Pre-Made Raw Food v. Home Made
This is a decision only you can make. Of course, it’s more convenient to opt for pre-made raw food. And there are one or two trustworthy companies where you can buy your supply.
Opting for a home made diet is more work and more commitment. It’ll also cost you an initial financial layout for equipment that can handle the job. But you will save money by sourcing your own ingredients. So at some point the equipment will have paid for itself.
Preparing a home made diet is what I opted for. I make around 76 kg (168 lbs) per month. Wow! That’s a lot, I know. But I’m in a routine now so it’s rote. And I rope my hubby in to help!
So there you have it. This is my personal take on the best raw food for German Shepherds. As you can see, I don’t prefer the one over the other. Like I said earlier, you get the same results via different routes.
Where to Find the Best Raw Food for German Shepherds
Okay, so you’re convinced that raw feeding is the way to go for you and your German Shepherd.
You’ll be happy to know that you can get high quality, healthy meals delivered to your door. Although, there are very few companies out there that can be trusted with the nutrition of your dog.
RawPaws is one of those companies…
I’ve checked them out from tip to toe and reviewed them for your convenience.
As a raw feeder myself I think there are a few must-haves when it comes to creating a nutritional meal plan for your dog…
Where to Start with a Raw Food Diet for Your GSD
Raw food recipes for dogs are all over the internet. And dog owners like you can prepare their dog’s raw food diet from scratch with careful planning and time.
But like I mentioned, there are frozen raw diets on the market that help make raw feeding easier for you.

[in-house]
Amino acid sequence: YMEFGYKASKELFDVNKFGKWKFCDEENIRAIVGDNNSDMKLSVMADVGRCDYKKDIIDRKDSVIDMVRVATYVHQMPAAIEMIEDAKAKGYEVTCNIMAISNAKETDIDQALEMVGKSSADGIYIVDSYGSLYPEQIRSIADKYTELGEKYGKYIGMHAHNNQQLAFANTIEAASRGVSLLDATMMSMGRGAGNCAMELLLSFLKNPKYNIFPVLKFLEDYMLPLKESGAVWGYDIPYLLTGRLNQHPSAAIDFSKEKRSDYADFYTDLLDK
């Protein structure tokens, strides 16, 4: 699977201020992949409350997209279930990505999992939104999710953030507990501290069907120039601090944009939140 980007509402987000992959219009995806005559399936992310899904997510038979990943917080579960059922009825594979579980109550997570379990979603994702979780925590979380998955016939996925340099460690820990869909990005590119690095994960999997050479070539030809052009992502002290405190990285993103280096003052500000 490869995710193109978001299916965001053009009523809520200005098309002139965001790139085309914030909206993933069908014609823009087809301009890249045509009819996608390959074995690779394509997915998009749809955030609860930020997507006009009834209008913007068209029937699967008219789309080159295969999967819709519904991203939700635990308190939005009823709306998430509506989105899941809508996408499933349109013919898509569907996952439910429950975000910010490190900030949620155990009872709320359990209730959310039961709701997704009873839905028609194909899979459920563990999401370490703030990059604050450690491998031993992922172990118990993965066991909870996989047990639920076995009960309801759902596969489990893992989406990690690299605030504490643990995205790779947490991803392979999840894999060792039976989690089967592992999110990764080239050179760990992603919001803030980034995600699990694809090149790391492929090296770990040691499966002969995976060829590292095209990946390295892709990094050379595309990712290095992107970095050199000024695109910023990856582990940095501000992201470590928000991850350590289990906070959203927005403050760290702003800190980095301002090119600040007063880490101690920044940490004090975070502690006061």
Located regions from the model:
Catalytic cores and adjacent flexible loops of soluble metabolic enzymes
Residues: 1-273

These diets are delivered frozen or freeze dried to your door. Some have everything you need rolled into one. Ingredients like vegetables, vitamins and fruits already mixed in. Or you can buy them separately.
RawPaws Pet Food Review
Who is RawPaws?
RawPaws is one of the suppliers that provides frozen raw food diets to dog owners like you. So let’s take a closer look at a few of their products.
All of RawPaws products are sourced from local farms that treat their stock ethically. This means RawPaws is a small scale manufacturer. What this means for you and your dog is healthy meat free from toxins.
RawPaws ship their food frozen in styrofoam containers filled with dry ice. And it’s guaranteed to reach your door withing 48 hours – still frozen rock solid.
From my research, there have been no complaints about the food being thawed on arrival.
On a side note, their website is super easy to navigate with all kinds of great information. There’s no guess work on your part when it comes to portion size or how to transition your dog from a cooked diet to a raw food diet.
I like the fact that RawPaws offer an auto-ship service. This means you’ll never end up with an empty freezer and a sad dog, looking at a bowl of kibble!
You can get 20% off your first Auto-Ship by using this code: AUTO. Plus you’ll get 10% off all your future auto-shipments.
And they offer free shipping all across the United States – that’s a serious bonus!
Transitioning to the RawPaws Diet
Are you on a budget?
Do you want to feed a mix of raw and kibble?
Are you unsure of how to create a nutritional raw diet for your GSD?
Does your dog have food allergies?
RawPaws offer a free meal planning service where they will create a meal plan for you based the needs of you and your dog.